An aneurysm is an abnormal widening or ballooning of a portion of an artery due to weakness in the wall of the blood vessel.
It is not clear exactly what causes aneurysms. Some aneurysms are present at birth (congenital). Defects in some of the parts of the artery wall may be responsible.
Common locations for aneurysms include:
- The major artery from the heart (the aorta)
- The brain (cerebral aneurysm)
- In the leg behind the knee popliteal artery aneurysm)
- Intestine (mesenteric artery aneurysm)
- An artery in the spleen (splenic artery aneurysm)
High blood pressure, high cholesterol, and cigarette smoking may raise your risk of certain types of aneurysms. High blood pressure is thought to play a role in abdominal aortic aneurysms. Atherosclerotic disease (cholesterol buildup in arteries) may also lead to the formation of some aneurysms.
Pregnancy is often linked to the formation and rupture of splenic artery aneurysms.
The symptoms depend on the location of the aneurysm. If the aneurysm occurs near the body's surface, pain and swelling with a throbbing mass is often seen.
Aneurysms within the body or brain often cause no symptoms.
If an aneurysm ruptures, pain, low blood pressure, a rapid heart rate, and lightheadedness may occur. The risk of death after a rupture is high.
Exams and Tests
The health care provider will perform a physical exam.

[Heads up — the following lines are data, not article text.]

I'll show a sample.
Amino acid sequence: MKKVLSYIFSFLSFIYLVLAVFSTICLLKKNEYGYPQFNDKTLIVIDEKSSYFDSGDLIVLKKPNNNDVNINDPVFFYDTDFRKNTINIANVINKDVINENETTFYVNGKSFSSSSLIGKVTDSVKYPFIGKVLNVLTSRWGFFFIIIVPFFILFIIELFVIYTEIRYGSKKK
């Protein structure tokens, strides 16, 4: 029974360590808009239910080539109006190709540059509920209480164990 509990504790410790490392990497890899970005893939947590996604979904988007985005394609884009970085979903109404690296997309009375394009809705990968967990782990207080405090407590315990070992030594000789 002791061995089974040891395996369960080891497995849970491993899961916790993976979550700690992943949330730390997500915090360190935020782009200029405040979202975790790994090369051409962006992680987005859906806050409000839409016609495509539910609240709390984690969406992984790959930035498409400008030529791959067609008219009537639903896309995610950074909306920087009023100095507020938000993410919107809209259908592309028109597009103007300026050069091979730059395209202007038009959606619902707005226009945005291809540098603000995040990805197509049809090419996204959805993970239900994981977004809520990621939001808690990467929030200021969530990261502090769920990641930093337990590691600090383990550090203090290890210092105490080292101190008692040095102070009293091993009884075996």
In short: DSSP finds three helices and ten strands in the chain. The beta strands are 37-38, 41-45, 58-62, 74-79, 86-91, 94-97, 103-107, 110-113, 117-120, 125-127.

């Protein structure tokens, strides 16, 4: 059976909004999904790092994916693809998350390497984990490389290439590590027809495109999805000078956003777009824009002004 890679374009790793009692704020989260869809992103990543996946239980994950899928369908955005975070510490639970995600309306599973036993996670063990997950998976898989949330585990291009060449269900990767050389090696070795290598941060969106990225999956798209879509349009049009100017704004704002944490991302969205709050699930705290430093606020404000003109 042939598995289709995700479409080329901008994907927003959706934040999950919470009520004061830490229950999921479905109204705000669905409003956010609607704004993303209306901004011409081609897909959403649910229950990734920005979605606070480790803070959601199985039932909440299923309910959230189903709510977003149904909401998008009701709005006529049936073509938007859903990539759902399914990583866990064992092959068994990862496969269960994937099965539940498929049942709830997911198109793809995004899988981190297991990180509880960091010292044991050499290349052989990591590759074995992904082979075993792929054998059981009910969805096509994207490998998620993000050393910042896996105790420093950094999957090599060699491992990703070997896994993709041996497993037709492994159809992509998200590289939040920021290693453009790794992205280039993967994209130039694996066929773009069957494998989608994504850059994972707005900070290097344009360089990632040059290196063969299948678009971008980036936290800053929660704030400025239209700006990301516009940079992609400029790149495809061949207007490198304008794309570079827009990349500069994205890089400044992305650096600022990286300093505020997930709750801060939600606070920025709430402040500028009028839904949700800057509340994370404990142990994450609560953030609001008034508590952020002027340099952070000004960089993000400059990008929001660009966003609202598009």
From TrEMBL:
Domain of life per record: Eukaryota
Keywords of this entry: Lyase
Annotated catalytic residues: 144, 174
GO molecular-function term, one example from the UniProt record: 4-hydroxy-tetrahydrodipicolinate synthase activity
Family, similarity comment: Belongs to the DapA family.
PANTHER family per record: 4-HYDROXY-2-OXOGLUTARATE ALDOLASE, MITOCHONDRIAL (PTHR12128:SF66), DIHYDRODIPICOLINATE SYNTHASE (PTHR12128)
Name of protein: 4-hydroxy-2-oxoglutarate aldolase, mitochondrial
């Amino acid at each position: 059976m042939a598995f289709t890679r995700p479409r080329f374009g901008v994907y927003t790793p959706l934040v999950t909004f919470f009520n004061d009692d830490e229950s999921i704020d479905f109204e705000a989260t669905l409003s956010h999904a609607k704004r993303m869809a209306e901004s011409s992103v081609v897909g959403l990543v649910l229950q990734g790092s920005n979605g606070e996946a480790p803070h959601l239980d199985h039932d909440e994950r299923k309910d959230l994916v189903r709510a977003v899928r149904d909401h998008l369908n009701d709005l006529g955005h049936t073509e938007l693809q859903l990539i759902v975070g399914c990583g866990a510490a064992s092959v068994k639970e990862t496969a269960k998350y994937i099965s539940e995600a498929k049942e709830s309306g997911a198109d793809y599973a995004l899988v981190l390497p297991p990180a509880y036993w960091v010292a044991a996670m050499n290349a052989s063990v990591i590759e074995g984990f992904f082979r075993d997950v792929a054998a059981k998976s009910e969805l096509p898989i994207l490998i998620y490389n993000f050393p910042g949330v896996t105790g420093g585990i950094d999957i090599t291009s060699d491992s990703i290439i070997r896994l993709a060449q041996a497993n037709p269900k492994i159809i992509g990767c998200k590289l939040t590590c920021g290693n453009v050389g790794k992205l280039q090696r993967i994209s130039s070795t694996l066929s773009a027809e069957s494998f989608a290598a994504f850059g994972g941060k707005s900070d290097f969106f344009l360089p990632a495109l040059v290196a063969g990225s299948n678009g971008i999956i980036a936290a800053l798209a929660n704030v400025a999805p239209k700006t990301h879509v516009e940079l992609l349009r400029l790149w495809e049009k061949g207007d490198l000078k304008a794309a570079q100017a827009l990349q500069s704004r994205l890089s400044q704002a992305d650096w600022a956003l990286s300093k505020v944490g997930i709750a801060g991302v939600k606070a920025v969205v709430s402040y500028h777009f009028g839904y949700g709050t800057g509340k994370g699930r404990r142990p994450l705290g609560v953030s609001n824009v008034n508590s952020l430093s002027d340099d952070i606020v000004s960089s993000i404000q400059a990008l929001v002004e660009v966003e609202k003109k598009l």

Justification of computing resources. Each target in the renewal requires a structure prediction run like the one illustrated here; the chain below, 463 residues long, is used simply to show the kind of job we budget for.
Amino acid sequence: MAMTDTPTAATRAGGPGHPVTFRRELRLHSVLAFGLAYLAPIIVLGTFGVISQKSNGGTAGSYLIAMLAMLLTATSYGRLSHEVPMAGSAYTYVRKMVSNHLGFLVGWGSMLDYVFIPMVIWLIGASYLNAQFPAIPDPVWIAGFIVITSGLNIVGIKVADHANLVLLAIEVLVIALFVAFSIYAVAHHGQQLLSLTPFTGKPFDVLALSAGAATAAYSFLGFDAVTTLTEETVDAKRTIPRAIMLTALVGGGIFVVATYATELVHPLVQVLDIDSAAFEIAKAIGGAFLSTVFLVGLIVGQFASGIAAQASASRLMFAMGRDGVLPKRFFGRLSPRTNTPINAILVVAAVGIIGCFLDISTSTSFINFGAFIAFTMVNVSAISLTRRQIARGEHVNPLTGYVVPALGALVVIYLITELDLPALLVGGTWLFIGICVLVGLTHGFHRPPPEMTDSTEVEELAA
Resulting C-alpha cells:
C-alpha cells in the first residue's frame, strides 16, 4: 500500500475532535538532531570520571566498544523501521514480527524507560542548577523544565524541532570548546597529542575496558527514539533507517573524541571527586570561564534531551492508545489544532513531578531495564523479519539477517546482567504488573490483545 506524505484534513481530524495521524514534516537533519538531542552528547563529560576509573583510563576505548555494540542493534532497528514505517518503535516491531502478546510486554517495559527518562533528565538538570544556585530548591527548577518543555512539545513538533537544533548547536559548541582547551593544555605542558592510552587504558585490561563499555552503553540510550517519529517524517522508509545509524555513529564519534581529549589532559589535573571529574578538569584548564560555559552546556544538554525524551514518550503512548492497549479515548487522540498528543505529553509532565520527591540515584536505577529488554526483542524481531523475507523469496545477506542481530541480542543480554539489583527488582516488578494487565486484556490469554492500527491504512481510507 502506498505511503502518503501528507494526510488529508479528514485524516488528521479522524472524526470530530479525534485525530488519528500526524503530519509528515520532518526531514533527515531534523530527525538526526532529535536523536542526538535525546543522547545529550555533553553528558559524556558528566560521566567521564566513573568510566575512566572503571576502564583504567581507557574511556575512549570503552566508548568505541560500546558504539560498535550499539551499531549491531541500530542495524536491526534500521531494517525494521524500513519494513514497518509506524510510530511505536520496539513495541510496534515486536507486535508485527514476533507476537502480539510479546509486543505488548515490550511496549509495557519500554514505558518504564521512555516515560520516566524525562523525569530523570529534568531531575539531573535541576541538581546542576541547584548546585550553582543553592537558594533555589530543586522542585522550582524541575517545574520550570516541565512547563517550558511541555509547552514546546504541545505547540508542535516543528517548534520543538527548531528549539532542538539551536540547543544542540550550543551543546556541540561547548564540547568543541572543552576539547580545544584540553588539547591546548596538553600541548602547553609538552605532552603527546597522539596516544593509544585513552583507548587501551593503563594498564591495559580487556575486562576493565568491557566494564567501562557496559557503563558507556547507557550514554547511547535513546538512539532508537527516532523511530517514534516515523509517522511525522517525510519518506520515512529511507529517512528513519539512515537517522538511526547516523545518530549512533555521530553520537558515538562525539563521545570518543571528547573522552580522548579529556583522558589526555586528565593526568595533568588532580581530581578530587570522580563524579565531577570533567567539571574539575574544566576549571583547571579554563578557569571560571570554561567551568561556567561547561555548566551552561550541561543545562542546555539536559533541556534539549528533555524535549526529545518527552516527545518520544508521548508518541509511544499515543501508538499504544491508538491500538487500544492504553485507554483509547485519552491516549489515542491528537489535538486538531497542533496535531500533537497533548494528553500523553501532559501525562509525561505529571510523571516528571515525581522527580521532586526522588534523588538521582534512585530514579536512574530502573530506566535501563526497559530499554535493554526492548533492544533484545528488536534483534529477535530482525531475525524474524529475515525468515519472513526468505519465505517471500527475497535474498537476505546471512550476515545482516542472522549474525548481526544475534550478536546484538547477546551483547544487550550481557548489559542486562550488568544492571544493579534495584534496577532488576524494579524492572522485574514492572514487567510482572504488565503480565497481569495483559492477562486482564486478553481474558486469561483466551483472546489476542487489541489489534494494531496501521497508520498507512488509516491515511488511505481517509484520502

Tests used to diagnose an aneurysm include:
Treatment depends on the size and location of the aneurysm. Your doctor may only recommend regular check-ups to see ifthe aneurysm is growing.
Surgery may be done. The type of surgery and when you need it depends on your symptoms and the size and type of aneurysm.
Surgery may involve a large (open) surgical cut. However, some patients may have endovascular embolization. A stent is a tiny tube used to prop open a vessel or reinforce it's wall. . This procedure can be done without a major cut, so you recover faster than you would with open surgery. Not all patients with aneurysms are candidates for stenting, however.
When to Contact a Medical Professional
Call your health care provider for if you develop a lump on your body, whether or not it is painful and throbbing.
Control of high blood pressure may help prevent some aneurysms. Following a healthy diet, getting regular exercise, and keeping your cholesterol at a healthy level may also help prevent aneurysms or their complications.
Do not smoke. If you do, quitting will lower your risk of an aneurysm.
Hauser SC. Vascular diseases of the gastrointestinal tract. In:Goldman L, Schafer AI, eds. Cecil Medicine. 24th ed. Philadelphia, Pa: Saunders Elsevier; 2011:chap 145.
Isselbacher EM. Diseases of the aorta. In: Goldman L, Schafer AI, eds. Cecil Medicine. 24th ed. Philadelphia, Pa: Saunders Elsevier; 2011:chap 78.
Zivin JA. Hemorrhagic cerebrovascular disease. In: GoldmanL, Schafer AI, eds. Cecil Medicine. 24th ed. Philadelphia, Pa: Saunders Elsevier; 2011:chap 415.
David C. Dugdale, III, MD, Professor of Medicine, Division of General Medicine, Department of Medicine, University of Washington School of Medicine. Also reviewed by David Zieve, MD, MHA, Medical Director, A.D.A.M. Health Solutions, Ebix, Inc.
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